To suppose that an impostor could write to the converts or adversaries of the new religion such epistles as these, with a degree of triumph over his opponents, and yet maintain his authority, implies ignorance and stupidity hardly to be believed. Credulous as the Christians have been in later ages, and even so early as the third century, no less severe were they in their inquiries, and guarded against deception, at the introduction of Christianity. This character is given them even by Lucian, a writer of the second century, who vented his satire not only against certain Christians*, who had supplied Peregrinus with the means of subsist- Pereg ence, but also against heathen oracles and pretended § 12, wonders. He relates of his impostor (Pseudomantis), 16. E that he attempted nothing supernatural in the presence of the Christians and Epicureans. This Pseudomantis exclaims before the whole assembly, "Away with the Christians, away with the Epicureans, and let those only remain who believe in the Deity!" (VOTES TO

a) on which the populace took up stones to drive away the suspicious; while the other philosophers, Pythagoreans, Platonists, and Stoics, as credulous friends and protectors of the cause, were permitted to remain t.

* De


iii. p.



t Alexa It is readily acknowledged, that the arguments der seu drawn from the authenticity of the New Testament Pseudoonly established the truth of the miracles performed by § 25. 32 the apostles, and are not applicable to the miracles of tom. ii. our Saviour; yet, if we admit the first three gospels to p. 232, be genuine, the truth of the Christian religion will be 233. 244 proved from the prophecies of Jesus. For if these go- 245 spels were composed by Matthew, Mark, and Luke, at the time in which all the primitive Christians affirm, that is, previous to the destruction of Jerusalem, they must be inspired; for they contain a circumstantial prophecy of the destruction of Jerusalem, and determine the period at which it was accomplished. Now it was impossible that human sagacity could foresee that event; for when it was predicted nothing was more improbable. The Jews were resolved to avoid an open rebellion, well knowing the greatness of their danger, and submitted to the oppressions of their governors in the hope of obtaining redress from the court of Rome.The circumstance which gave birth to these misfortunes is so trifling in itself, that independent of its consequences, it would not deserve to be recorded. In the narrow entrance to a synagogue in Cæsarea, some person had made an offering of birds merely with a view to irritate the Jews. The insult excited their indignation, and occasioned the shedding of blood. Without this trifling accident, which no human wisdom could foresee even the day before it happened, it is possible that the prophecy of Jesus would never have been fulfilled.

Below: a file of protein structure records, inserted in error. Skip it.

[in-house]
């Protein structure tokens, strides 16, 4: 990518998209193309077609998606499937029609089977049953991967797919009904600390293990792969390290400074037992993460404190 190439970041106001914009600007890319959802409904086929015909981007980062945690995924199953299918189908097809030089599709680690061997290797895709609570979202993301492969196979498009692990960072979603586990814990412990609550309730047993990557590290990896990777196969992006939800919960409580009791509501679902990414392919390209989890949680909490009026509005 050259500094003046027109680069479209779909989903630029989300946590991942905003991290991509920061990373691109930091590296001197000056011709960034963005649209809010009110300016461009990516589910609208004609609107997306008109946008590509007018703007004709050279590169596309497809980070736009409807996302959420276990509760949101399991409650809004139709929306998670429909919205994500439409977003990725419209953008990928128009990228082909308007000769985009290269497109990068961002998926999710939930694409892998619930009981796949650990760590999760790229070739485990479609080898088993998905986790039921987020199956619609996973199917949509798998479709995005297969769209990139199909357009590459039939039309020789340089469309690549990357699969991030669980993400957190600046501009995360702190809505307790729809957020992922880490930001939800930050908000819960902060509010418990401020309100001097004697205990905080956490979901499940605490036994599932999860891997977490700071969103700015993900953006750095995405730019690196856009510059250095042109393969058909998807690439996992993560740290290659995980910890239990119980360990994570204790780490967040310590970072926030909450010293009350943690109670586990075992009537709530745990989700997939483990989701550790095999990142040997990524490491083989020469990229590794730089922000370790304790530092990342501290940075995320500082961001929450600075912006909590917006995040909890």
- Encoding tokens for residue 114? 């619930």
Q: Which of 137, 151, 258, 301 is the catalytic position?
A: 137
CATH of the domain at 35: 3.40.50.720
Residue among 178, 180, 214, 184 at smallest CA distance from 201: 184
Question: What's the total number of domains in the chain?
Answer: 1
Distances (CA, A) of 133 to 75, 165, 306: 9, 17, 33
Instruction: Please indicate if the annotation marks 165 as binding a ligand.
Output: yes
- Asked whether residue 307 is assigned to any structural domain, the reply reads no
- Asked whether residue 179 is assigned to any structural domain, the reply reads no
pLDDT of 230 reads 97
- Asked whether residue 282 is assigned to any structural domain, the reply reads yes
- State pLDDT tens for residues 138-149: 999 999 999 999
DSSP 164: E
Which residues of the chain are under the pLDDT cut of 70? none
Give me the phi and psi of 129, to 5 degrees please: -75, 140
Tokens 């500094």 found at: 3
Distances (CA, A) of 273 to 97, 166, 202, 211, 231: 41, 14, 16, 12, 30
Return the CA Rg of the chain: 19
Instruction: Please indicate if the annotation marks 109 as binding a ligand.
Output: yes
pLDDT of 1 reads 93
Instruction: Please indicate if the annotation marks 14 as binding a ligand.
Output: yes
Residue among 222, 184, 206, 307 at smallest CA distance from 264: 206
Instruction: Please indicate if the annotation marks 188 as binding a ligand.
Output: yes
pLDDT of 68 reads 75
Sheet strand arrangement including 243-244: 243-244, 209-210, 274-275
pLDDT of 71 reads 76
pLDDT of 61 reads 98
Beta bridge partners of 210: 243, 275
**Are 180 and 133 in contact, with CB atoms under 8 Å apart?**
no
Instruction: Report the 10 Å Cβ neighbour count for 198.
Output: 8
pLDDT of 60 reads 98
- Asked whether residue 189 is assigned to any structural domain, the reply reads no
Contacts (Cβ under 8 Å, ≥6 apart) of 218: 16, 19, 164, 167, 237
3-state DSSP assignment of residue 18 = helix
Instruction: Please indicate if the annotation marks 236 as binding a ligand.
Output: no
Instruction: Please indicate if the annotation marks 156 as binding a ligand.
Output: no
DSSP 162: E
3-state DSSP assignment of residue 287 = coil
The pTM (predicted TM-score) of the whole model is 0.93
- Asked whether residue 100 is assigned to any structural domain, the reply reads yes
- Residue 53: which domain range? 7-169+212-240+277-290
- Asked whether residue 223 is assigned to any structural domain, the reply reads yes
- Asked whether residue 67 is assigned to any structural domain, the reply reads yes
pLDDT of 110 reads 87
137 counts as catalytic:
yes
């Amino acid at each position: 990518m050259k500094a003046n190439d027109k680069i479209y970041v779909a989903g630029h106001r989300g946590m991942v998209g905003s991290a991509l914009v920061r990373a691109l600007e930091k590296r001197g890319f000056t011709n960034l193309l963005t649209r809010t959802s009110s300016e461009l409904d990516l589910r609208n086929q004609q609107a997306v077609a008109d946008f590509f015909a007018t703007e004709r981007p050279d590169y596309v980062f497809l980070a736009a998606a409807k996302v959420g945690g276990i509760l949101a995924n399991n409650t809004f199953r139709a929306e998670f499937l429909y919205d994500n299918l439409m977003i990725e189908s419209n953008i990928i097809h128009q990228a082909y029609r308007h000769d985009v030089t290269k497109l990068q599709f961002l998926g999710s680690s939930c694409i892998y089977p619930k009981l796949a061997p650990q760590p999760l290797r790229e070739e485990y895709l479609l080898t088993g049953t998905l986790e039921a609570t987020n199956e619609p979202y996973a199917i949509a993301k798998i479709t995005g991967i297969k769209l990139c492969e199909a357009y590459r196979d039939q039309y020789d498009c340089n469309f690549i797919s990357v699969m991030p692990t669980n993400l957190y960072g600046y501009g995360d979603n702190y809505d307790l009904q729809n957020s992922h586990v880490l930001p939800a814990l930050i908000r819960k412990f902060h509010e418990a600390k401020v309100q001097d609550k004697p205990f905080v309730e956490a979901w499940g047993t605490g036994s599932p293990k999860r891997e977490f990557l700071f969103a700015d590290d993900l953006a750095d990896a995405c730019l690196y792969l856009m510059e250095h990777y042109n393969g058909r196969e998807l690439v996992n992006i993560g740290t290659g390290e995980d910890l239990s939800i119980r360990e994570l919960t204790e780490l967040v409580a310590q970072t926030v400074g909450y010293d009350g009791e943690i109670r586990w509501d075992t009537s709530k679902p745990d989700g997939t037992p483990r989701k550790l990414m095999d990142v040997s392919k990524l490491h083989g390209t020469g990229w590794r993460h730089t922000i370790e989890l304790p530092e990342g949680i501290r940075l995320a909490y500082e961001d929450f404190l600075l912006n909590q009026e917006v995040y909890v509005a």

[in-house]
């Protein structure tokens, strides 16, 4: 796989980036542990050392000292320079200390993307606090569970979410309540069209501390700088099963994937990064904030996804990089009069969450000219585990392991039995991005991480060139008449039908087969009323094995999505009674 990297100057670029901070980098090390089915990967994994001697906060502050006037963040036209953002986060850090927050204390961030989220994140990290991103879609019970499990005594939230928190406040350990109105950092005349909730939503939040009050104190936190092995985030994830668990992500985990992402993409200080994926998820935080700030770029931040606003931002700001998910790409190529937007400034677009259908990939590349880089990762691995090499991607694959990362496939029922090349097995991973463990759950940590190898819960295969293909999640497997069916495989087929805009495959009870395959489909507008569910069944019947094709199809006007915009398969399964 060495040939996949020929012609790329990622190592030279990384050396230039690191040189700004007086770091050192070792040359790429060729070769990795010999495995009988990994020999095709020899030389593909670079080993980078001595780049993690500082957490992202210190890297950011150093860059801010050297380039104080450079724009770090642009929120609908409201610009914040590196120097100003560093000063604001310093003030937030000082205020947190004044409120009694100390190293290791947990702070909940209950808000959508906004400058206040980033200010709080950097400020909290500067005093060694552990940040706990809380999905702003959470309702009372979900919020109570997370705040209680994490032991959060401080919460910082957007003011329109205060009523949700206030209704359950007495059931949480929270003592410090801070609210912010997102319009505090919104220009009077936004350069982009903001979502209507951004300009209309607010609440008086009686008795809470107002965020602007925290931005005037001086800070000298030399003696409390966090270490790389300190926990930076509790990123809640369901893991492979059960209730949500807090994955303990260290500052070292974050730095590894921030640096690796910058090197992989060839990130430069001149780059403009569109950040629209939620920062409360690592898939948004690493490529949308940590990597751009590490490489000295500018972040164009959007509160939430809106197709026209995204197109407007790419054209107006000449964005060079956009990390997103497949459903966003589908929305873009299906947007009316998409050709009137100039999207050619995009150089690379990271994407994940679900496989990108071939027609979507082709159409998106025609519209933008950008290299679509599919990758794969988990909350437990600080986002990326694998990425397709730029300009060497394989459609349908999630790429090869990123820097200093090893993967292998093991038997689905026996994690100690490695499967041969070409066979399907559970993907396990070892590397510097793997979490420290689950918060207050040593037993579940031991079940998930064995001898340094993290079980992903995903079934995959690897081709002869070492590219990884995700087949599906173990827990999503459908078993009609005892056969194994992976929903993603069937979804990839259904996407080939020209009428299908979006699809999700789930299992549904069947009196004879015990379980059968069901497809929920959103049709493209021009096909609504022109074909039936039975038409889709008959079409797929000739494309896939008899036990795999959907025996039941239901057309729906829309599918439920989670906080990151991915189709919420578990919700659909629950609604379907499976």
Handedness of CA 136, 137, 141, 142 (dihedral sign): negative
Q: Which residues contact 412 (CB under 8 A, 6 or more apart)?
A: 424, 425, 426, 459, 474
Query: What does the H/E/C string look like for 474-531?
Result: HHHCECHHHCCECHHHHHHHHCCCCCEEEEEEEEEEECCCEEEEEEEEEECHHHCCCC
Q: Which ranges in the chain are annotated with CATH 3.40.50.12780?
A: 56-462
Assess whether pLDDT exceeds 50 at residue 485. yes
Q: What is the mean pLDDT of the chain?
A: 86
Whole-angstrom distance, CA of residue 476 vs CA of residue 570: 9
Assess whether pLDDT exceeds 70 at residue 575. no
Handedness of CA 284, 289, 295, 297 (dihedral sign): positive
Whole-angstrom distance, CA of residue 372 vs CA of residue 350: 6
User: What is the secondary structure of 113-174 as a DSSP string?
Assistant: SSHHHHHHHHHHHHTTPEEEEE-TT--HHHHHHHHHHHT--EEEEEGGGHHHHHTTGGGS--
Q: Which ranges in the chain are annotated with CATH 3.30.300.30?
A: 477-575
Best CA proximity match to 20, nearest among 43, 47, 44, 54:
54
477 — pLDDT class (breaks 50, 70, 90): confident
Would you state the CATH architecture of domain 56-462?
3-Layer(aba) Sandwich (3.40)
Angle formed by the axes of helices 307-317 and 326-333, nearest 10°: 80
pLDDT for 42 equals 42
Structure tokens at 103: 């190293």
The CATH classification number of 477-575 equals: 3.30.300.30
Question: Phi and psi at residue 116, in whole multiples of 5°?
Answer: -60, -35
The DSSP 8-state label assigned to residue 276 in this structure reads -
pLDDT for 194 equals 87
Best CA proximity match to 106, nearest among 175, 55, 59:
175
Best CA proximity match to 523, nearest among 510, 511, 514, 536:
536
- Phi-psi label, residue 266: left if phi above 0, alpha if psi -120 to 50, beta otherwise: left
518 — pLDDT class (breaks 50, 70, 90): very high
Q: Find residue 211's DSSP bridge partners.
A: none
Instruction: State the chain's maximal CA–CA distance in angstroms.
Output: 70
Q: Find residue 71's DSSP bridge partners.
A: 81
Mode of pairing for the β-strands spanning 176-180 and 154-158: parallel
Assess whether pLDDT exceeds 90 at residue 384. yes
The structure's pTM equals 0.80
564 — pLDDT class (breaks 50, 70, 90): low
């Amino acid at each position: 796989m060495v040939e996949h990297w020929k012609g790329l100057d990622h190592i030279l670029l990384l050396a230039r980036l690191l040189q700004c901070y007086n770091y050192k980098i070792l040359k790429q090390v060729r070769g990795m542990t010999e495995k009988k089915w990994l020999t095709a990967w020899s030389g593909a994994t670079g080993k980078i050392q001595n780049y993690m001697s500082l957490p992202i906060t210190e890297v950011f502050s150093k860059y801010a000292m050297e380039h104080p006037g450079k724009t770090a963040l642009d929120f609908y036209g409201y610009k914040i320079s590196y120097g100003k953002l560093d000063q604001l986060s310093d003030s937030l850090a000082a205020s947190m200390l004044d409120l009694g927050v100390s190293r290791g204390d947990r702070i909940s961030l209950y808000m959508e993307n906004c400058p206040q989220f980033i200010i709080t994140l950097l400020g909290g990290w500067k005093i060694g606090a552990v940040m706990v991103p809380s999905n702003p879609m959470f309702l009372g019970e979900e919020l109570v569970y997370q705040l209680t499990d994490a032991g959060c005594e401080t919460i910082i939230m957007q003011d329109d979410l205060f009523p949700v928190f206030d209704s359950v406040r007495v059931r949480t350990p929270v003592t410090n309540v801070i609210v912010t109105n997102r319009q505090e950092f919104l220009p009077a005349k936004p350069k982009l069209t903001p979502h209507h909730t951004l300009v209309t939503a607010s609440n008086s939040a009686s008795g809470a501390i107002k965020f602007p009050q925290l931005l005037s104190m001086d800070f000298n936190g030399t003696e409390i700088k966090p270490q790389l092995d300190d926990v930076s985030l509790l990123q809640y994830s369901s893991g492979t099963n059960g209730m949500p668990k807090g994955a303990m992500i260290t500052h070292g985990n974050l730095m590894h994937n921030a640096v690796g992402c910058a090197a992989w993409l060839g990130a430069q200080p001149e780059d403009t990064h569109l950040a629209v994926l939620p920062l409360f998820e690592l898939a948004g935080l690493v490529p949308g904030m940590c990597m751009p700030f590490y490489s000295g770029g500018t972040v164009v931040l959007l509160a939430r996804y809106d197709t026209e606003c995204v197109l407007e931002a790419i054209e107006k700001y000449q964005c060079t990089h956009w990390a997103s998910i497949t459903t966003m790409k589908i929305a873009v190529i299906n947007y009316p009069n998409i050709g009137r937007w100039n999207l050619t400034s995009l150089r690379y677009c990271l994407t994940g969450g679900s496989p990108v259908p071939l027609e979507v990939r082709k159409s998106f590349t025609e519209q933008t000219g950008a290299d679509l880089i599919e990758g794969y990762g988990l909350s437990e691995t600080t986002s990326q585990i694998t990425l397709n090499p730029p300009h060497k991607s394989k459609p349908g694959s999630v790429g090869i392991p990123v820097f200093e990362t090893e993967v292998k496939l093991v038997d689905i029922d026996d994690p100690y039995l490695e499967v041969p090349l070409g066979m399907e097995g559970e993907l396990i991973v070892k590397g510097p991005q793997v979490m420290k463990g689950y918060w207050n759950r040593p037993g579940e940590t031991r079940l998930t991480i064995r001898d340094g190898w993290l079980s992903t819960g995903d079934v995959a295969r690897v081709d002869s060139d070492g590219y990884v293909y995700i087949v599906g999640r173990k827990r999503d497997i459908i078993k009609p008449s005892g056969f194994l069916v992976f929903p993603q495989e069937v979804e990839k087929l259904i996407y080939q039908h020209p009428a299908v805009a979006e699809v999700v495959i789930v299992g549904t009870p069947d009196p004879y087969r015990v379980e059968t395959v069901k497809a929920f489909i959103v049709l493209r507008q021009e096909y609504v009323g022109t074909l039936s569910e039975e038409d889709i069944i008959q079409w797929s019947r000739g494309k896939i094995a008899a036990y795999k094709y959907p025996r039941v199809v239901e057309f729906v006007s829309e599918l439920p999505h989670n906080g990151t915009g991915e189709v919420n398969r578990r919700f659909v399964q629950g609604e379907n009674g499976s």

Scripture fulfilled.

Then an

But Florus, who was then procurator of Judea, converted this private quarrel into public hostilities, and compelled the Jewish nation to rebel contrary to its wish and resolution, in order to avoid what the Jews had threatened, an impeachment before the Roman emperor for his excessive cruelties. But even afther this rebellion had broken out, the destruction of the temple was a very improbable event. It was not the practice of the Romans to destroy the magnificent edifices of the nations which they subdued; and of all the Roman generals, none was more unlikely to demolish so ancient and august a building as Titus Vespasian.

So important then is the question, Whether the books of the New Testament be genuine? that the arguments which prove their authenticity, prove also the truth of the Christian religion. Let us now consider the evidence which proves the authenticity of the New Te